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ORLANDO, Fla. -- Arnold Palmer is against having two sets of rules for professional and amateur golfers and is not in favor of "contraptions," such as belly putters, long putters and anchored strokes, that have led to contentious arguments in the game.
Palmer also expressed his disappointment that No. 1-ranked Rory McIlroy is not in the field this week at his PGA Tour event, the Arnold Palmer Invitational.
The golf legend spoke at a news conference in advance of the tournament that begins Thursday at the Bay Hill Club.
"I don't think that golf has a place for two sets of rules," said Palmer, the winner of seven major championships and 62 PGA Tour titles in his career. "I think one of the reasons that the game has progressed in the way that it has over the years is the fact that the amateurs and the pros all play the same game and they play under the same set of rules. I feel like that is very, very important.
"It may be the key to the future success of the game of golf, just the fact that there will be one set of rules and we'll all play by them."
Golf's governing bodies, the United States Golf Association and R&A, proposed a ban of anchored putting on Nov. 28, with a comment period of various opinions recently concluded. They are expected to come out with a final ruling on whether anchored putting will be banned sometime this spring.
"Now the long putter, I've objected to that from the beginning," Palmer said. "I only think that we don't need a long putter. That's not part of the game of golf. To attach it to your body in any way is taking a little bit away from the game.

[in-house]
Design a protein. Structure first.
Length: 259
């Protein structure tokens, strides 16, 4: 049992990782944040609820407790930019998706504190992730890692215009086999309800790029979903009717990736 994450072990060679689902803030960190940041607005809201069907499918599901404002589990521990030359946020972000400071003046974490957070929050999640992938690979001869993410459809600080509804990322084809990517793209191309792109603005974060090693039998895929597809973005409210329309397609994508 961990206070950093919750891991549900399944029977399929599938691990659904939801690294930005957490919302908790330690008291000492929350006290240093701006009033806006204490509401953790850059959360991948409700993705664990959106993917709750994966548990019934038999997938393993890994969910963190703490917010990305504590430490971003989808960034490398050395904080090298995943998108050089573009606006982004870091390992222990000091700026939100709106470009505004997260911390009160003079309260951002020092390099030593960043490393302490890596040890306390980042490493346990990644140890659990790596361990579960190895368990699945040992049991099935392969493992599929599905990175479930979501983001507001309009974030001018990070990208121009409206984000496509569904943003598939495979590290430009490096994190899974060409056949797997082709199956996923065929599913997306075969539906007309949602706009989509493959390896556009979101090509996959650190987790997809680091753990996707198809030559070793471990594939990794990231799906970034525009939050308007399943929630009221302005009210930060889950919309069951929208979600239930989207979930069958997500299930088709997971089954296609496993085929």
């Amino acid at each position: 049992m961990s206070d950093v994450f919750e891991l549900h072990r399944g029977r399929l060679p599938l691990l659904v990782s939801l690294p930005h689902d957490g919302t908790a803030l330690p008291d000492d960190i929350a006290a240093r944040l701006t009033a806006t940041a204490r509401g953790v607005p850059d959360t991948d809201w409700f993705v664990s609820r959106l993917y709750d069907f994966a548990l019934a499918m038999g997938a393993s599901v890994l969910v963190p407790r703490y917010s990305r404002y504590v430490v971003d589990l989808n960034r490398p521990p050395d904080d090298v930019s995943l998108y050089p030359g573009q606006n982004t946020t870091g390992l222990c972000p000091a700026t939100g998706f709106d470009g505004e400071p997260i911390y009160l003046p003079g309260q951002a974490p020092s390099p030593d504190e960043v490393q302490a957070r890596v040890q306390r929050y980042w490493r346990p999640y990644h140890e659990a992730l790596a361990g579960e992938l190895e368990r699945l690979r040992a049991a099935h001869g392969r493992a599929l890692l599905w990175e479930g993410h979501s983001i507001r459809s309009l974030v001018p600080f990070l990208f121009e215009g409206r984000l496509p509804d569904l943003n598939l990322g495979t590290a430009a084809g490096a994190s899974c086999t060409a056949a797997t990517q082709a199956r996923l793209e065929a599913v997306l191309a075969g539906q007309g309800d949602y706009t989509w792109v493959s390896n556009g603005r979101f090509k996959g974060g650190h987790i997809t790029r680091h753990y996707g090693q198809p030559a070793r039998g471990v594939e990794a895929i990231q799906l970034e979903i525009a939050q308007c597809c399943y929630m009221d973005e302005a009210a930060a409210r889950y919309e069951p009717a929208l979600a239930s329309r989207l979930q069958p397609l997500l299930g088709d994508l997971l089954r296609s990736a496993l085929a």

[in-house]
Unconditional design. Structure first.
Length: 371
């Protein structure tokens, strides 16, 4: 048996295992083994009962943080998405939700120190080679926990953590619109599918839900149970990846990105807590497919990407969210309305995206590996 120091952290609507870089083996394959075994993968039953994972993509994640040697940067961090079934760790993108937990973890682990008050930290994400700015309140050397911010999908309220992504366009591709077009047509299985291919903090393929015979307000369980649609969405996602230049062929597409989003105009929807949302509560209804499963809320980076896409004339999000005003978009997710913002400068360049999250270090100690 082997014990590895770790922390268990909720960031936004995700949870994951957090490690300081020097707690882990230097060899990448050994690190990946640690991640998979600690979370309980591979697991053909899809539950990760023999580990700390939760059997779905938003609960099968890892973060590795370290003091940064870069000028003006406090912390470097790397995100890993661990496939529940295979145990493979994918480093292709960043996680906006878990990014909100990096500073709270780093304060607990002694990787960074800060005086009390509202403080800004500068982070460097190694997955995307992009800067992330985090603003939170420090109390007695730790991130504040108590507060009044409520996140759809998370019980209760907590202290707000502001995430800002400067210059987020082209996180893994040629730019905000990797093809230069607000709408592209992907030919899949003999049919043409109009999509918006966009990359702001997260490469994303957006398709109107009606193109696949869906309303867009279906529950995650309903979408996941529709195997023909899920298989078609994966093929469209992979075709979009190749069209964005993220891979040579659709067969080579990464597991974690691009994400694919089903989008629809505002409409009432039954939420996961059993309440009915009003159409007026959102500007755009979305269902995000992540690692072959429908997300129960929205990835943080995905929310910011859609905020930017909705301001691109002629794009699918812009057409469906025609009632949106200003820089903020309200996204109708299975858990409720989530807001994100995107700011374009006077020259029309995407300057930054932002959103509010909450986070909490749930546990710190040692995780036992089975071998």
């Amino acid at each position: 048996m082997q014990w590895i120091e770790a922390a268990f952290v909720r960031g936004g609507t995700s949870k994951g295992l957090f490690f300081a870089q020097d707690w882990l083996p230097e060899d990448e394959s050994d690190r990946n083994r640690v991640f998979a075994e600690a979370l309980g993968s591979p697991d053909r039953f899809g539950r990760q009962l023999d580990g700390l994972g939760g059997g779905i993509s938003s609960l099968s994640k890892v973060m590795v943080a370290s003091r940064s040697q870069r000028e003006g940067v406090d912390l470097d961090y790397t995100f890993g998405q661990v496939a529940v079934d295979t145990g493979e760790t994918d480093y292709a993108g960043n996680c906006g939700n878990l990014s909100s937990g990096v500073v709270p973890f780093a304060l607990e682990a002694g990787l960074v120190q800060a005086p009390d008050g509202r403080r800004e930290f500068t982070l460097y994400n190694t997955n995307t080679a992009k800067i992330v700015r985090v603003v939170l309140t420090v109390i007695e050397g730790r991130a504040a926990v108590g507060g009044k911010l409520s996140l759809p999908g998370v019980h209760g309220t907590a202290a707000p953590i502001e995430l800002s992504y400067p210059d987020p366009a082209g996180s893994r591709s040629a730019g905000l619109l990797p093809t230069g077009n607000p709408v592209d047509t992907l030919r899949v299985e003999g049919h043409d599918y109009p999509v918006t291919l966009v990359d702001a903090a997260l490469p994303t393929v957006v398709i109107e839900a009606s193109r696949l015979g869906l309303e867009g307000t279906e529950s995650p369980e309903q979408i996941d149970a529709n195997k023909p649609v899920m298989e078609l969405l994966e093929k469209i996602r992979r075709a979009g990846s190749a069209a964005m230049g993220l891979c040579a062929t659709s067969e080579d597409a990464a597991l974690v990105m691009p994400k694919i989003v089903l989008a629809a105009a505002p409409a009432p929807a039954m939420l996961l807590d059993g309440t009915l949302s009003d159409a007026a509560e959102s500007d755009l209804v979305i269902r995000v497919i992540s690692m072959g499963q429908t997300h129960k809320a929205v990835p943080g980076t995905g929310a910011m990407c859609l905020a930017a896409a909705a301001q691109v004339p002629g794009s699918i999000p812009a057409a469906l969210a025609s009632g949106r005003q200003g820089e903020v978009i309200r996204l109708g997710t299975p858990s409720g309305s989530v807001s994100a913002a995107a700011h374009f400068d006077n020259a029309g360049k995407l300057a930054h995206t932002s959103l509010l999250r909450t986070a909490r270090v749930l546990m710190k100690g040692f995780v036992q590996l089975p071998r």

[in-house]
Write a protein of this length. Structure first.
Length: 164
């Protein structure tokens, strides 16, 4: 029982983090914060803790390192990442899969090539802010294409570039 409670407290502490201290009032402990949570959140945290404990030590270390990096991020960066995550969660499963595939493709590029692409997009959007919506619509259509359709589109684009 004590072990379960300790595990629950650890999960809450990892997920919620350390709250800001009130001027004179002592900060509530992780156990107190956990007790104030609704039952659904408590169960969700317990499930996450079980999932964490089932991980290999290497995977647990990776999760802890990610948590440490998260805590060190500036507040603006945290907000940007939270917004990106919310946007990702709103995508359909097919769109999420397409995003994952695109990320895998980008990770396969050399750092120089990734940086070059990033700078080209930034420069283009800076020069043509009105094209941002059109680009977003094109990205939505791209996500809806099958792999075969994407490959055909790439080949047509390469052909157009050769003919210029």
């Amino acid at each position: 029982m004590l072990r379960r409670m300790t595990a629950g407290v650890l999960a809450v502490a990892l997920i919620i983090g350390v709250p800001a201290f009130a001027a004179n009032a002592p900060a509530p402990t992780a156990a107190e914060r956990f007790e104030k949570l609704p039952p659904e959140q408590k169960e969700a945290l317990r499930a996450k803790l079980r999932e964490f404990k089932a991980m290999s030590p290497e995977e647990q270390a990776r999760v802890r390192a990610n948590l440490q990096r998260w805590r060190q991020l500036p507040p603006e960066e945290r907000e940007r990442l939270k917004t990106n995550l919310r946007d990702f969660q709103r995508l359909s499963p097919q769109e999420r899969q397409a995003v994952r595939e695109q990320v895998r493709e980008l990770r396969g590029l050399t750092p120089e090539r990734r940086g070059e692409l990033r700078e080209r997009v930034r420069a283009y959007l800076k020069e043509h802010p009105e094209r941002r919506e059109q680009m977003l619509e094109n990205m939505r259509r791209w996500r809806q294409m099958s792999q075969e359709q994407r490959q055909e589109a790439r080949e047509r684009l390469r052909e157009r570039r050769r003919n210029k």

"I'm not going to argue with anybody about it. ... I've stated my position, and that is that we do not need a contraption to play the game of golf. I would hope that we'd play under one set of rules and those rules would include a ban on the long putter hooked to the body in some way, shape or form."
McIlroy, who has played just four tournaments this year, including a missed cut and a withdrawal, has never played here, causing Palmer to jokingly remark that he'd "break his arm" if he didn't play this year.
"It was meant in jest, and it was strictly a passing remark,'' Palmer said. "Frankly, I thought he was going to play, and I was as surprised as a lot of people when he decided he was not going to play."
McIlroy will play next week's Shell Houston Open, his final tournament prior to the Masters.
"I've had conversations, brief conversations with him some time ago, not recently, about his playing. For some reason I got it in my mind that he would be playing, but that, obviously, is wrong," Palmer said. "What his reason or reasoning is, I don't know, and I'm not going to worry about it."
Tiger Woods is the defending champion of the tournament and has won the event seven times.